It’s no secret that many in the US are International Criminal Court sceptics. An Op-Ed piece in the New York Times by former Reagan/Bush Snr administration lawyers, takes up the refrain in realtion to international criminal law in general. They begin by discussing the Pinochet case and the Spanish judge who attempted to extradite him from Britain to stand trial in Spain for his human rights abuses in Chile. They comment:
“The problem is that [such prosecutions] … are based
on a legal doctrine that has worrisome implications.
That doctrine is "universal jurisdiction," under which every state
is entitled to prosecute and punish the officials of every other
state for "international" offenses. It is a principle that even its
most active international practitioner, Belgium, is wisely
starting to reject: the governing party plans to amend a
law under which activists tried to prosecute George H. W.
Bush, Gen. Tommy Franks and Prime Minister Tony Blair for
human rights offenses (sic) in connection with the wars against
Iraq, even though nobody involved is Belgian …
Universal jurisdiction does have a proper place in
international law. It began as a device to fight piracy and
slave trading, offenses that took place on the high seas,
beyond the boundaries of any individual state. In more
recent years, however, universality has been asserted for
an increasing number of human rights offenses, even though
there is little practice (in the form of actual
prosecutions … accepted as legal by the defendant's
own country) to support these claims. …”
They are starting from the premise that the only actors in the international community are states, that law is the servant of foreign policy and individuals do not exist as legal subjects on the international plane.
Their examples of slavery and piracy ignore the crime of genocide: intrinsically only capable of being committed within a state, and – at international law – punishable by any legal system anywhere in the world.
The point of universal jurisdiction is not to provide law where state boundaries end (the middle of the ocean), but to punish crimes that shock the conscience of all mankind. That is the principle on which slavers and pirates were tried by courts other than in their home countries: their crimes made them “hostis humanis generis” – enemies of all mankind. The crime of genocide, and the laws of war, recognise that individual people are both protected (and punishable) by international law. The piece continues:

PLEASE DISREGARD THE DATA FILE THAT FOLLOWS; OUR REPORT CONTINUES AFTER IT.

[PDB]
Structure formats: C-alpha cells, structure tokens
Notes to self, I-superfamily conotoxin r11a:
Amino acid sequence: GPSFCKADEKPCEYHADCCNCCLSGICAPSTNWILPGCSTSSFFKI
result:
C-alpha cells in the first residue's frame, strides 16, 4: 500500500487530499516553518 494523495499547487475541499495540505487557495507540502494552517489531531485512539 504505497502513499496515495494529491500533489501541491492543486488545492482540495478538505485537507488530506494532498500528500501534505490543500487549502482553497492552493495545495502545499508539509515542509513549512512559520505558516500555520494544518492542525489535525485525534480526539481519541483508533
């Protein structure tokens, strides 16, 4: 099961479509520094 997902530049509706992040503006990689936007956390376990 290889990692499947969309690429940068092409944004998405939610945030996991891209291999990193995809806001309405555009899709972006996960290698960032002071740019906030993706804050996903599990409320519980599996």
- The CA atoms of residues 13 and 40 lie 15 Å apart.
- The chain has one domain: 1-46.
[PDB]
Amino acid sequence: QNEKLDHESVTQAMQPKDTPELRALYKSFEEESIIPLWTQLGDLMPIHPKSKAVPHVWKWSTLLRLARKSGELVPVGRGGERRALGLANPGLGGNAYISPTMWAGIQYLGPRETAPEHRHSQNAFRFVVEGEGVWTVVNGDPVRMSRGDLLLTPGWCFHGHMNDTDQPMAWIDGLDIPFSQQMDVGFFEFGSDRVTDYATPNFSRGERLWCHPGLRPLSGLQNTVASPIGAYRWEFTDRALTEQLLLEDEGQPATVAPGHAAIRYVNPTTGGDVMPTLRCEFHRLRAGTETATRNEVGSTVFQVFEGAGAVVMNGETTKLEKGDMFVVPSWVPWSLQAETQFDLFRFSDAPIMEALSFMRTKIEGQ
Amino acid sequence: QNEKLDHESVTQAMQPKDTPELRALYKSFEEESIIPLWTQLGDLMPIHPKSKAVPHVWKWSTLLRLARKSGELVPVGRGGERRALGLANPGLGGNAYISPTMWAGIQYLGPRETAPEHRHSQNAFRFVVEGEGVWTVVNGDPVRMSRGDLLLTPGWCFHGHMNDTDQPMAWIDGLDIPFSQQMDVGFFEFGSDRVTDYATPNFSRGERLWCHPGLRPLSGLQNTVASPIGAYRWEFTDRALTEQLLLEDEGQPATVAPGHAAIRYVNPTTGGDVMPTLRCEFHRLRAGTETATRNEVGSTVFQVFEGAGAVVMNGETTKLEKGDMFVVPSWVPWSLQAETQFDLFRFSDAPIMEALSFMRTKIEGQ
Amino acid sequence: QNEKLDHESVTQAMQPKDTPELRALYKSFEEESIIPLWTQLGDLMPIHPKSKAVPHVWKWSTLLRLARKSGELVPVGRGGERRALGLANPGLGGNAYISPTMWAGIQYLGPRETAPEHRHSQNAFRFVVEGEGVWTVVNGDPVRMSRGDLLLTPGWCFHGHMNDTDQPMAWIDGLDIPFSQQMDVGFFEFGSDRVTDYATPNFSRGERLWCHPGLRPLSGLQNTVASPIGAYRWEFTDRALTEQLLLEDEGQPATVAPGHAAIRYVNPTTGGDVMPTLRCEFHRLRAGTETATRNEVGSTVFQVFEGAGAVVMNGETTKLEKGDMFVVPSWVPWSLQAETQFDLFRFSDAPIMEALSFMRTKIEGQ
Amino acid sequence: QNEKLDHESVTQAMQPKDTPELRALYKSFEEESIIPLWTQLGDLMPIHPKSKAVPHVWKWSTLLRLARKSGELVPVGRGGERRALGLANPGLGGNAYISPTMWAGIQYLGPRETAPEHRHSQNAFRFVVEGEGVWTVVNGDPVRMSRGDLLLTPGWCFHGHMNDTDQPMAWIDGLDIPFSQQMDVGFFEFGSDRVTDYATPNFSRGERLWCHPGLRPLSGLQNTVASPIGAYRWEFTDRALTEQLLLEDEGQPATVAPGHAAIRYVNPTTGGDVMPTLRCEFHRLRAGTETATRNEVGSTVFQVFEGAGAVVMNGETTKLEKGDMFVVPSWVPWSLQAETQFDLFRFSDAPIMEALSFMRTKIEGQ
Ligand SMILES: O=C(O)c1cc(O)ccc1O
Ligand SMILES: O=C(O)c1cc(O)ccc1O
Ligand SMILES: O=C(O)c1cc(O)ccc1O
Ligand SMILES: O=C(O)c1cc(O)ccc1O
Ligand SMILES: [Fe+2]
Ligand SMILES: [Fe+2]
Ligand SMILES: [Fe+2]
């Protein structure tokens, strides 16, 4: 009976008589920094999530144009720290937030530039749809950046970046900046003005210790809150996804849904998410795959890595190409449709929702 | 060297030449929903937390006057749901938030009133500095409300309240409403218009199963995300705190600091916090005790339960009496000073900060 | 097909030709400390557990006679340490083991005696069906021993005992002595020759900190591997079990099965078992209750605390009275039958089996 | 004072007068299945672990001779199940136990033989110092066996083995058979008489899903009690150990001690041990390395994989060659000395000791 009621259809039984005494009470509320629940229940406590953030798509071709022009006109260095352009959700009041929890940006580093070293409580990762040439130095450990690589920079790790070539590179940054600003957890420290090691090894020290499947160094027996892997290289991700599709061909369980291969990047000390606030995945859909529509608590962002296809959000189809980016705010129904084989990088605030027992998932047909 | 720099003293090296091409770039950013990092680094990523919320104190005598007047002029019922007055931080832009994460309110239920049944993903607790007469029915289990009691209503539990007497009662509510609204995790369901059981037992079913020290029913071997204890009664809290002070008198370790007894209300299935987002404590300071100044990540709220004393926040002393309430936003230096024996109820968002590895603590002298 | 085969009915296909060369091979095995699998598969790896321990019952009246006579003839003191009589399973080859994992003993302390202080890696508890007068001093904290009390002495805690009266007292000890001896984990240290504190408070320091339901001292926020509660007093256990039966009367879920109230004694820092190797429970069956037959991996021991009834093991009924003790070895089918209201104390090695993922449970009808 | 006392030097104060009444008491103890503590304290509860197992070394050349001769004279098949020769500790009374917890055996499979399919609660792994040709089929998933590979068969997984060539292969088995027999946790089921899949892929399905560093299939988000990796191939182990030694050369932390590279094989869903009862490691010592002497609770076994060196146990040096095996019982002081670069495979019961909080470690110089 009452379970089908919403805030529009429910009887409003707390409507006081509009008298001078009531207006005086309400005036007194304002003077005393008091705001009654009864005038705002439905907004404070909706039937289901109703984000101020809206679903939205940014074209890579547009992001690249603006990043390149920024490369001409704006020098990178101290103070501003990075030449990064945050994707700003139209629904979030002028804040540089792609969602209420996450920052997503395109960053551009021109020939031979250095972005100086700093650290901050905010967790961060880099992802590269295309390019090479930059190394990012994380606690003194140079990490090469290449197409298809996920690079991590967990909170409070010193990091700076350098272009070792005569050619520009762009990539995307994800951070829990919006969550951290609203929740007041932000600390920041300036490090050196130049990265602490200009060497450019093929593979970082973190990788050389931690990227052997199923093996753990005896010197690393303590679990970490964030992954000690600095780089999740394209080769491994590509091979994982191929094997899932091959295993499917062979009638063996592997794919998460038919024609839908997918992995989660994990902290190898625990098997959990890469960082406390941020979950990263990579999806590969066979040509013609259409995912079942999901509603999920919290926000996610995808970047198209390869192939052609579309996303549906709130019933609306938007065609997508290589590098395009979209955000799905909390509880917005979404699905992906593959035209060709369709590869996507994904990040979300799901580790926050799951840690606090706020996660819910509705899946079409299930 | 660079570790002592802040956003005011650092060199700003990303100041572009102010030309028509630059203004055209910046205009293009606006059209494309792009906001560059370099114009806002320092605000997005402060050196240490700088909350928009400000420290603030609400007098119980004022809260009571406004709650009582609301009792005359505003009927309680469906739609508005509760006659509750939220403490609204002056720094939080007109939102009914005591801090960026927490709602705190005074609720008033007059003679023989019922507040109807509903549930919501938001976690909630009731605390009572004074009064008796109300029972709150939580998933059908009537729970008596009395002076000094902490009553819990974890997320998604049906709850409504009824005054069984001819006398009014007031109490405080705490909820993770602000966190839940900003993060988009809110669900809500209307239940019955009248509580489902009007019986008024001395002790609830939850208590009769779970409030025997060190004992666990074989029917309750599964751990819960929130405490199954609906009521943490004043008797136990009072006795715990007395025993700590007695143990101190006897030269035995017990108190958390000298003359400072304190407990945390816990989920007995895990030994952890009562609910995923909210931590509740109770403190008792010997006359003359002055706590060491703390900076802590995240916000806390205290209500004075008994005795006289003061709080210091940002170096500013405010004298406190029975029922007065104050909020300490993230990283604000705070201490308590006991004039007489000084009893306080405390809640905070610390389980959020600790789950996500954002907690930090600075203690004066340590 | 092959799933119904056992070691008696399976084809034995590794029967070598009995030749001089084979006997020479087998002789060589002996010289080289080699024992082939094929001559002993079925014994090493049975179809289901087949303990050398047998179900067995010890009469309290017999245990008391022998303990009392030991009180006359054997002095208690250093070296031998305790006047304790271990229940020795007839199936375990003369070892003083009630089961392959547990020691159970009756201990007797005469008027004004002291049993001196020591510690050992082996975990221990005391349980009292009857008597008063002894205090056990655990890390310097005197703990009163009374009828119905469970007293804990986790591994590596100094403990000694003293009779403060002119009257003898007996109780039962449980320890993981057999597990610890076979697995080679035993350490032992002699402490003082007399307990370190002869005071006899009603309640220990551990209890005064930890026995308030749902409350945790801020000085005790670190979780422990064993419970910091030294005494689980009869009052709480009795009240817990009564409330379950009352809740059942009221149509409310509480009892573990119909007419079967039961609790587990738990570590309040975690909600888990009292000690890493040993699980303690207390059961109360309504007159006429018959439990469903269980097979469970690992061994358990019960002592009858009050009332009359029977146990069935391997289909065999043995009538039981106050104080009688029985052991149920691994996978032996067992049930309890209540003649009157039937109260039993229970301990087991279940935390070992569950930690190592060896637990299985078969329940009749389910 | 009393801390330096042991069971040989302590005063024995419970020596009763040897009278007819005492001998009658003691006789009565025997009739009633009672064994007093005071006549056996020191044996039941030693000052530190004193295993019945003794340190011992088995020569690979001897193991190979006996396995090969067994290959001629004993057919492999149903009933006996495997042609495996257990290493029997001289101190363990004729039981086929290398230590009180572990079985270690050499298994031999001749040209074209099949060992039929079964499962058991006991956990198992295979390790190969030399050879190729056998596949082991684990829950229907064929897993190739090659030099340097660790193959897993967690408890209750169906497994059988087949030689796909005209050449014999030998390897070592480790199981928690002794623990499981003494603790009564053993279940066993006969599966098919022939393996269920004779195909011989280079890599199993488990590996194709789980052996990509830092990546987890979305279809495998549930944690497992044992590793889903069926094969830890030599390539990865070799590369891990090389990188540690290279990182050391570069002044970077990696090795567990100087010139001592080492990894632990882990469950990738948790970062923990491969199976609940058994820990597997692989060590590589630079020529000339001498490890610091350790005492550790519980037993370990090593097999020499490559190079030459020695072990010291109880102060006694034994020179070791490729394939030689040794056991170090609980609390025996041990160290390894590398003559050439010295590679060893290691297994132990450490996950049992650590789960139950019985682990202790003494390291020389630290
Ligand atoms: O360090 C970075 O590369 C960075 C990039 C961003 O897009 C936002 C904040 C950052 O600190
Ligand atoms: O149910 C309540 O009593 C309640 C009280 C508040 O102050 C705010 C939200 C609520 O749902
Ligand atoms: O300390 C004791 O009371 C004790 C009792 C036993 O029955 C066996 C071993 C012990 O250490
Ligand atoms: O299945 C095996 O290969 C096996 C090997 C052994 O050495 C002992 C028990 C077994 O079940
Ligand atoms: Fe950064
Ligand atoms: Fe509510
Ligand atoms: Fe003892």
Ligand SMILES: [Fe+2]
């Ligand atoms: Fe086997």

“If international law really did permit each state to
prosecute the leaders of all others … this would prompt a
new kind of war, one fought in courtrooms around the globe.
Courts, however, are poor instruments of international
policy, and such a result would make normal international
relations impossible. Defense Secretary Donald Rumsfeld
recently said, for instance … that if United States officials
cannot travel to Brussels without the fear of politically
motivated prosecution, then the United States would take
its business (i.e., NATO headquarters) elsewhere.”
This is a dangerous world view. The Realpolitik view that heads of state should never be accountable for their actions, and should be able to be pardoned for the most outrageous of crimes by themselves, or the cronies who succeed them is self-evidently morally wrong.
The idea that the enforcement of criminal law is an aspect of foreign policy is odious, and in any country with an independent judicial system, is a furphy. The stark American fear of “politically motivated prosecutions” is only of any validity in states where cronyism rules the courts – in a country with a functioning court system if charges are brought as a baseless political stunt, they will be thrown out where there is no evidence to support a conviction.
If in a domestic legal system criminals could go unpunished because local politicians thought it expedient in terms of the smooth running of the country, we would denounce this as corruption. The fact that intelligent people can argue a lesser standard should apply on the international plane should, frankly, revolt us.
(PS if anyone can help me get indented quotes working in this template, I'd be most appreciative.)
(PPS thanks for the tips fellas, I am most appreciative!)